The size and weight of your vehicle, along with its make, model and age, are all taken into consideration when you’re paid for your scrapped car by a breaker yard or Authorised Treatment Facility (ATF). The continually fluctuating scrap metal market can also have a bearing. Where your chosen scrap dealer is located and whether your car is complete or not when they come to collect it, will affect your payment too.
Read on to find out how to get the best price for your scrap car and discover its worth, including the value of some of its components.
How much is a scrap car worth per ton?
Weight is a major deciding factor when it comes to the value of a scrap car. You’re being paid for the recycled metals of your vehicle so this weight will play a big role in determining the payment you receive.
Just how much an individual scrap car is worth per ton is not a fixed figure. The metals used to make your car each have a value and just like other resources, the value of recycled metals continually rises and falls. Dependent on both supply and demand and changes in currency, the market value of recycled steel or aluminium commonly used in cars shifts from day to day.
Because of this fluctuation, a fixed price per ton for your scrap car won’t be advertised on an ATF’s website. Contacting them directly with the details of your vehicle is the best approach, and you should get quotes to compare. Before accepting, ensure you receive a guaranteed price from your chosen scrap dealer so no deductions can be made later.
How much are scrap car batteries worth?
Car batteries contain highly toxic substances, including lead and between two and three litres of acid. Lead is poisonous if ingested and battery acid can result in blindness if it comes into contact with eyes. These hazardous materials are also harmful to our environment. It’s therefore vital that car batteries are recycled safely. While prices will fluctuate, the average scrapped battery is worth around £5.
How much is a car radiator worth in scrap?
You might have a mind to sell some of your car parts individually for scrap, but it’s worth bearing in mind that the overall price you’ll receive for your scrap vehicle will be affected if it’s incomplete. Scrap dealers will typically deduct money from your payment for each component that’s missing.
What your car radiator is worth when scrapped will depend on what material it’s made of. Whereas older radiators often included brass or copper cores, more modern versions are generally made using aluminium. Both brass and copper car radiators will fetch higher prices than those fashioned from aluminium. The size and weight of your car radiator will also be a factor in the price it fetches. Sold for its scrap metal, the larger and heavier it is the higher the payment will be.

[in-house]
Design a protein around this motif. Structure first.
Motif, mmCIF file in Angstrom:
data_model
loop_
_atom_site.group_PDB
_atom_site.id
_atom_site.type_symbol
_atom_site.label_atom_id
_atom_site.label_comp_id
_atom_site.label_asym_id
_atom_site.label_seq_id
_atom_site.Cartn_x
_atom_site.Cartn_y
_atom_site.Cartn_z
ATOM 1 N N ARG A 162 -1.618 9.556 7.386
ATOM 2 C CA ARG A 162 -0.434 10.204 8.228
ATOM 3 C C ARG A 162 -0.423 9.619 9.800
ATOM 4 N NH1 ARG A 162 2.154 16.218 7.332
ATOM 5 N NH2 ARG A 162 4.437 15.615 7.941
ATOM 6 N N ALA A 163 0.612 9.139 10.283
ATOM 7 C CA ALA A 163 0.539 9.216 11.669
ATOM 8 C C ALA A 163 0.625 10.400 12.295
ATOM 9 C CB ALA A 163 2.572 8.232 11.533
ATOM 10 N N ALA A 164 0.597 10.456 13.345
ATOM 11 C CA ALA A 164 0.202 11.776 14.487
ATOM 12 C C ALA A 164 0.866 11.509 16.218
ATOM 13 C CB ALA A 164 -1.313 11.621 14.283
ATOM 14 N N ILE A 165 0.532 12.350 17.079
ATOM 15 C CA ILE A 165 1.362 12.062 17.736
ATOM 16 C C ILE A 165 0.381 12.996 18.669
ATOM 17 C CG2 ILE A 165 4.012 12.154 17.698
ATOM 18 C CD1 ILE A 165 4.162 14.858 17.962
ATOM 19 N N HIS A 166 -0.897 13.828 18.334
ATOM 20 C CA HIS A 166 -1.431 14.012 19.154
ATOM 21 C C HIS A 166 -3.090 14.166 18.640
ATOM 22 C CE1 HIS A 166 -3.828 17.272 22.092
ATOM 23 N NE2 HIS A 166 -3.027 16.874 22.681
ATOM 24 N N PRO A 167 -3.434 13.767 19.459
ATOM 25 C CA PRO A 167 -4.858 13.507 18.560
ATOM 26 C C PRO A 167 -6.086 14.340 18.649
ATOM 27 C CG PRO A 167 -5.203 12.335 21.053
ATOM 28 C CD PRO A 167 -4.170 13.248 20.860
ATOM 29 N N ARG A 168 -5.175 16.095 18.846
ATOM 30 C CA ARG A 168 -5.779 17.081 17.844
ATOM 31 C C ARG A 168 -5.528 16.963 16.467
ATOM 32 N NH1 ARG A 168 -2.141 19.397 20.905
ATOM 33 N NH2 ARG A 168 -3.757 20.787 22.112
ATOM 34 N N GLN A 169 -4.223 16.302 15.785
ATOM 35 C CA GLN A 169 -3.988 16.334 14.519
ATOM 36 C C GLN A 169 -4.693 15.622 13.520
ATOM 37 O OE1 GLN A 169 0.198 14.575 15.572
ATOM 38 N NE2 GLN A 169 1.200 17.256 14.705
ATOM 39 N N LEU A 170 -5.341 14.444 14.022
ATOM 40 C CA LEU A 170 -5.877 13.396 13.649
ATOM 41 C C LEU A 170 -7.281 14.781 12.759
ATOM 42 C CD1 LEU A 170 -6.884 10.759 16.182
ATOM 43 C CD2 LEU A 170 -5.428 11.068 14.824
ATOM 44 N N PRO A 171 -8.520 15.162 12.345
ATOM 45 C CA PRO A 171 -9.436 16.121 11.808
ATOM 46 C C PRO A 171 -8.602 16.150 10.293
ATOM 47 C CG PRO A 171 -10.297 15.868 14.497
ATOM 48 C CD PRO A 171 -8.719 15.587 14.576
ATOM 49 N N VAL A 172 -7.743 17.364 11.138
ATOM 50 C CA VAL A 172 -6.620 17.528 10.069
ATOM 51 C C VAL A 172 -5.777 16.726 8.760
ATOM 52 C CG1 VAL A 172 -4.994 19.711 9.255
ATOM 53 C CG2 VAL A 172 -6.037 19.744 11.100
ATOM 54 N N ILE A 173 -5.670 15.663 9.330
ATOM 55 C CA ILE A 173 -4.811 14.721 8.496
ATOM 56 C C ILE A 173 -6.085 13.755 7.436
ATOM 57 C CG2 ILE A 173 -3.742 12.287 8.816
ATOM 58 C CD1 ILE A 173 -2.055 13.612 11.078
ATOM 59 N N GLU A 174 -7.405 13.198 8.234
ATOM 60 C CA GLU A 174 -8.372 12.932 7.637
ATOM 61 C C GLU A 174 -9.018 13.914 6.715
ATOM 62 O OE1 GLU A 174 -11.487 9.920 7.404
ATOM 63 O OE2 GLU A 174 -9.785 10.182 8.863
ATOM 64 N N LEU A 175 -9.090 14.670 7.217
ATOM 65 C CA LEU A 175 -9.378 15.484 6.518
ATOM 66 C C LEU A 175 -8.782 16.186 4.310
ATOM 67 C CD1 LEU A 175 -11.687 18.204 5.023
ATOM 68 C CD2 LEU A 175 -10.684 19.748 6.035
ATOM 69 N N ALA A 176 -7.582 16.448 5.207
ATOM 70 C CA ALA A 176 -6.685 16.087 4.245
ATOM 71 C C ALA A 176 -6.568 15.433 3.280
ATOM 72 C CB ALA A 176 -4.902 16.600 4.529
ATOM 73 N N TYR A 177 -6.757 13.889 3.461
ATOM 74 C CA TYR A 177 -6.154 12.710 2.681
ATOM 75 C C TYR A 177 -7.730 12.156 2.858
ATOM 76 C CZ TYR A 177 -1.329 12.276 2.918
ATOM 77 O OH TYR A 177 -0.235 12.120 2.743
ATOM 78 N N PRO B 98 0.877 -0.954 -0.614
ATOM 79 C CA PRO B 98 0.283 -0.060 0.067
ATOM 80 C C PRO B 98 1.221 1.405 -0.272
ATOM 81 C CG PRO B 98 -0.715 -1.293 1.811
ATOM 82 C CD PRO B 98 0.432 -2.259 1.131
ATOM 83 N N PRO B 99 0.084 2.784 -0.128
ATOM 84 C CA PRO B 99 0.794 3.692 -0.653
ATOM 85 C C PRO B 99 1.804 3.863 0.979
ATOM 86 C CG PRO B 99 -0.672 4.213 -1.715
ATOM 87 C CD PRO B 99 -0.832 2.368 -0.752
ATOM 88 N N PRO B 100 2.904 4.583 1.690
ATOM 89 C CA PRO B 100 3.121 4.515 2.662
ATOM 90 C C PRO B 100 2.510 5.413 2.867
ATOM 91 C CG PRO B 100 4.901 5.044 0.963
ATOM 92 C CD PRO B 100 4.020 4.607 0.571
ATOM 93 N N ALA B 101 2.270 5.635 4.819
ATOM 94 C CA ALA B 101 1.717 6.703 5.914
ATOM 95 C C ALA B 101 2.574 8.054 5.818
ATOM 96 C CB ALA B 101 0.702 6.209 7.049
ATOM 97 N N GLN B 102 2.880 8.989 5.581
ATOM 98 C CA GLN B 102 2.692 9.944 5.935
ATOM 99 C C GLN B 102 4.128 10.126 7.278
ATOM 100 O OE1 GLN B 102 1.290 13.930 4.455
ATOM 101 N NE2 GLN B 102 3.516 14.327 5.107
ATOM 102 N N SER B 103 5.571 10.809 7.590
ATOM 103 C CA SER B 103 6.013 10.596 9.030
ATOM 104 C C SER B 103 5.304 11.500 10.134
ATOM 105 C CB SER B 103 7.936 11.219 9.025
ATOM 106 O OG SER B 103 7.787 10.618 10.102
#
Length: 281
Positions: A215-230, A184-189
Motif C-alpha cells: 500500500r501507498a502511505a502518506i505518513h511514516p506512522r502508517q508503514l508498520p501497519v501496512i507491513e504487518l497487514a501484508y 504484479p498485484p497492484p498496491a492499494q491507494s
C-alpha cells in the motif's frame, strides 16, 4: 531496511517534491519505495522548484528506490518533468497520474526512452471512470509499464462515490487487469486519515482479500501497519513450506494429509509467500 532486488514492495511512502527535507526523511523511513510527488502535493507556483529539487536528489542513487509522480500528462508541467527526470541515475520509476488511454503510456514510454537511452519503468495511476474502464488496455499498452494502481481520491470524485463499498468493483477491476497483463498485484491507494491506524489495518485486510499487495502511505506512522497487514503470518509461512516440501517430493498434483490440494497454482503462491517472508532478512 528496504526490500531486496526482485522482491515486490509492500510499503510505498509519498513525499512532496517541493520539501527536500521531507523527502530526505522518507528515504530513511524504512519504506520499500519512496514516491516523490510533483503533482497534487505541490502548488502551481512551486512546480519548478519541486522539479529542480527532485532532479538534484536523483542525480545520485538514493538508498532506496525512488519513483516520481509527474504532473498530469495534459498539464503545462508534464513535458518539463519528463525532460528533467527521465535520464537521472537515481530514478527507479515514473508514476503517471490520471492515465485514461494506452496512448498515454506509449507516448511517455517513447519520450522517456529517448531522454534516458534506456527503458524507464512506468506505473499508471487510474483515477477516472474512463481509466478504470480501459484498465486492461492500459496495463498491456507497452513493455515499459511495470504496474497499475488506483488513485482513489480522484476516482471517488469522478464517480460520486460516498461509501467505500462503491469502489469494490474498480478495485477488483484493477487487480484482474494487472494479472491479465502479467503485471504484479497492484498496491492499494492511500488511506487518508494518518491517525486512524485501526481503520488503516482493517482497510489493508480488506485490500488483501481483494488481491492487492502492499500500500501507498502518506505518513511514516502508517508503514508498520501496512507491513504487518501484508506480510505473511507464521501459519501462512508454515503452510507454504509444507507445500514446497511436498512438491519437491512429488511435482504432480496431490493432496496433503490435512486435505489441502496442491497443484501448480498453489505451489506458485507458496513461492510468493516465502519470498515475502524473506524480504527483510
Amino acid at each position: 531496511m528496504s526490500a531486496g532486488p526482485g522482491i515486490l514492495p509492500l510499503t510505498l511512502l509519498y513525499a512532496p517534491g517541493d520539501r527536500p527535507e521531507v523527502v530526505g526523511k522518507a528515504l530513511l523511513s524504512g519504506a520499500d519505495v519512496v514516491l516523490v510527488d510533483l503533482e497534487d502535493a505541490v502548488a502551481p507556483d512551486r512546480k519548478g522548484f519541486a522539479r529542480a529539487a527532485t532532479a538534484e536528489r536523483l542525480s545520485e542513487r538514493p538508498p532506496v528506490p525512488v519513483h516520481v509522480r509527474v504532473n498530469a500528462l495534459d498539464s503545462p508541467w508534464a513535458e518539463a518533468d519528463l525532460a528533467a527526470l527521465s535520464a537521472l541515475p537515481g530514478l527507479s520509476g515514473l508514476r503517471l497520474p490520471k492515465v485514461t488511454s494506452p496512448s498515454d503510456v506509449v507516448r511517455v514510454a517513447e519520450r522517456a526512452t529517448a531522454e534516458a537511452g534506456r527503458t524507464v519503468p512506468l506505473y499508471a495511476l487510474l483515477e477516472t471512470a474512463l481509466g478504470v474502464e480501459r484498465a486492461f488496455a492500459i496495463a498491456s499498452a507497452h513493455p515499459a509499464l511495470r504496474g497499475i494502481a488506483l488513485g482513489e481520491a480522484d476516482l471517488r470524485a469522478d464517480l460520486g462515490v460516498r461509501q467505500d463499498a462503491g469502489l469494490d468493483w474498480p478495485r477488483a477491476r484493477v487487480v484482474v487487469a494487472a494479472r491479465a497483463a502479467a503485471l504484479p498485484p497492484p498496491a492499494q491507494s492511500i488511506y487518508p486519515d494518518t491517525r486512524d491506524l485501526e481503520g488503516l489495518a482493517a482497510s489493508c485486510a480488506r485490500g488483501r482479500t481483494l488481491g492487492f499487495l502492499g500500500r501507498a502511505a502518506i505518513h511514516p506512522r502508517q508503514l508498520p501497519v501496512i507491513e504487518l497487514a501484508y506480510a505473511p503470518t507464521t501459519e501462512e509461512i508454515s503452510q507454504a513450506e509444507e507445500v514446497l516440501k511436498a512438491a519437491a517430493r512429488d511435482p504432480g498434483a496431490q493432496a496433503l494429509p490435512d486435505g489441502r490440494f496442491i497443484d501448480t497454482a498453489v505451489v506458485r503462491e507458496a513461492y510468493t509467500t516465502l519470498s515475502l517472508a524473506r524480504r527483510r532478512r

What’s my scrap car worth?
As mentioned previously, exactly what your scrap car is worth is not a fixed figure. The following are several factors which may affect your payment and enlighten you on the sum you may receive.
As a rule, the greater the size and weight of your vehicle the more it’ll be worth when scrapped. Larger and heavier cars are comprised of more metal and therefore worth more when scrapped. For example, the average payment for a breaking down a small car like a Ford Fiesta will be around half the amount you’d receive when scrapping a larger vehicle like a Land Rover.
The make and model of your vehicle, as well as its age, will also determine its worth after scrapping. In many cases, you might discover that if your car was costly both to purchase and run, it will be worth a greater amount when it’s scrapped. The age of your vehicle for scrapping is also a consideration, with newer cars typically paying out more when scrapped than older ones.
The current market for scrap metal will also decide your scrap car’s worth. The metal your vehicle is made of will be recycled and sold on after scrapping. Cars commonly consist of copper, steel and aluminium, and these metals are just like every other commodity in that they constantly fluctuate in price due to currency changes, supply and demand and other factors.